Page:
Must-see sites at Banff, Alberta

When I first arrived at Calgary International Airport earlier this summer I was a little overwhelmed. Flying had never been my favourite activity and a trip in a province I had never been to didn’t seem very promising.

A town nestled in the Banff National Park in Alberta, my reason for visiting Banff was simple: I wanted to experience the Albertan Rockies.

Although a seemingly more touristy and commercialized area than some of the other parks in the province, Banff offers visitors the luxury of enjoying nature and hiking trails while having many restaurants, spas, art centers and nightlife options nearby.

Here are some must-see attractions if you ever find yourself down that road.

The Village

Appropriately located at the heart of the town, the town’s village is similar to many other tourist towns, fully equipped with over-priced stores, restaurants, information centres, car rental places and a mall. However there is some charm to it. A must-visit is the Grizzly House for their famous fondue.

Animal Sightings

There’s not really a specific place you can go to catch your friendly four-legged creatures, but they are around. When I was there, not only did I see a fox, sheep and deer wandering the streets, but also a grizzly and a black bear!

Banff Upper Hot Springs

I’ll be honest. When I first found out that we were heading to a hot springs on our second day there I was a little hesitant — my conversations with people who had previously visited the springs didn’t paint the best picture. That soon diminished once I entered the commercially developed outdoor pool and looked across a view of Mount Rundle. The water flows naturally through the Sulphur Mountain Thrust Fault and claims to provide beneficial minerals for all swimmers.
The view in itself is breathtaking and the temperature just right, sitting at about 38°C. Although this was only one of the nine different naturally occurring hot springs in the area, the view and its location places it above the pact.

Bow Summit Lookout

This was just a stop in one of our trips. When I first saw the perfectly blue shade of the water, I remember being awestruck. Although there are nearby trails, I didn’t venture onto any. For those who are interested in the view more than the walk up to the lookout point, there is a driving trail available.

Columbian Icefields

Hands down my favourite part of the trip. Did you ever want to experience the glaciers upon the mountains? Well, here’s your chance. You can board up on a snow coach and head over to the Icefields. If you’re up for an adventure you’re also able to sign up for an Icefield Scenic Walk.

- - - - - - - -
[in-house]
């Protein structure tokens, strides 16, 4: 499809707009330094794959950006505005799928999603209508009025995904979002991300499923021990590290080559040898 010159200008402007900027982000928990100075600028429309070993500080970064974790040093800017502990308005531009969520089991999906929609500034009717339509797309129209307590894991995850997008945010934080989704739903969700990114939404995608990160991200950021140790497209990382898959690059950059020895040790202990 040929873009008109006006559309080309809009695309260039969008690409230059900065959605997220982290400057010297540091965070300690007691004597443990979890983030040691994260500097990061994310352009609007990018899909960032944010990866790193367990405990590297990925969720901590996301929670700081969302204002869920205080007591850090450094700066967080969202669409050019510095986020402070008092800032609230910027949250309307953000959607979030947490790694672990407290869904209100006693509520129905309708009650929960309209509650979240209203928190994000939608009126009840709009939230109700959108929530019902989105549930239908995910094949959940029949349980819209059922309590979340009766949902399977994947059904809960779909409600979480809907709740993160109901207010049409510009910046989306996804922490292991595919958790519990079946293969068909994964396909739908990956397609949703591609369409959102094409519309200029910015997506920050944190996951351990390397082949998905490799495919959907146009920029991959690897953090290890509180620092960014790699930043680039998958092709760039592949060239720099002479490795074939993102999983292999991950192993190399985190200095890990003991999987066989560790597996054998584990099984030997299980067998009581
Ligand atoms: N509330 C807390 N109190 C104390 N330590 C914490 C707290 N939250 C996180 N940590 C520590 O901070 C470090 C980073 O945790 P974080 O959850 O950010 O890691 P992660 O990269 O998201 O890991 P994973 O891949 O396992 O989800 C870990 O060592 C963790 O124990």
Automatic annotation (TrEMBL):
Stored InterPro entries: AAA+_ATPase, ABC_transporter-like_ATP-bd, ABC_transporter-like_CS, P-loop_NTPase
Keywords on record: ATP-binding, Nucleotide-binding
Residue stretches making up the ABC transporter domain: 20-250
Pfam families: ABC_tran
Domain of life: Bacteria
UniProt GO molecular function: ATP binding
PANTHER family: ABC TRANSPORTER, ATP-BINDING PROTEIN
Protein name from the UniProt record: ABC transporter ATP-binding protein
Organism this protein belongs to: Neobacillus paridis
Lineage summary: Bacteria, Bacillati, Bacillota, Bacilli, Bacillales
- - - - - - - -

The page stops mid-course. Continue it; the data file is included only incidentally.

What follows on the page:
Johnston Canyon

This is one of the most popular hiking trails near-by and with good reason. The Upper and Lower Falls are breathtaking and the trail takes you pretty close up. The hiking trail follows the canyon and leads to a meadow, home to six bluish-green spring-fed pools, within the valley above the canyon. The Lower Falls hiking trail consists of a walkway of safety rails and bridges and leads to a little cave, which you can squeeze through to see the falls up-close and personal. The Upper Falls hiking trails is a more natural and longer path.

Lake Louise

Home of various hiking trails and a gorgeous view, there’s a reason tourists flood to this location. I did the moderately easy Lake Agnes trail, which is about 7 km with an elevation of 367 m and should take you about 3 hours round-trip. Not only does this trail have a great view and take you to great spots like Mirror Lake but also to a charming log cabin teahouse for replenishing.

Valley of Ten Peaks

I always thought having one sibling was more than enough. Imagine having nine. In the Valley of Peaks reside ten notable peaks side-by-side close to Moraine Lake. Head over to the Rock Pile Trail that leads up a small rockslide to a beautiful viewpoint. There’s also a leisurely hiking trail nearby which leads to Consolation Lakes and a more challenging one up the mountain on the north side of the lake to Larch Valley.

If you go to Banff, don’t forget to bring:

• A very strong mosquito repellent
• Sunscreen
• Rain jacket
• Hiking boots
• Map
• GPS for the car

Places to check out (somewhat) nearby:

Jasper: Although we ran out of time and never quite made it to Jasper, it’s one destination that most people asked me if I visited when discussing my trip. The largest national park in the Canadian Rockies and just an hour past the Columbian Icefields, the park is the wildest of the mountain parks and boasts challenging trails to satisfy the hiking-enthusiast.

Waterton: Often referred to as the less-commercialized version of Banff, this town is four hours away and provides more of a small town atmosphere. There are a lot more water activities, scuba diving and wildflower and wildlife festivals.

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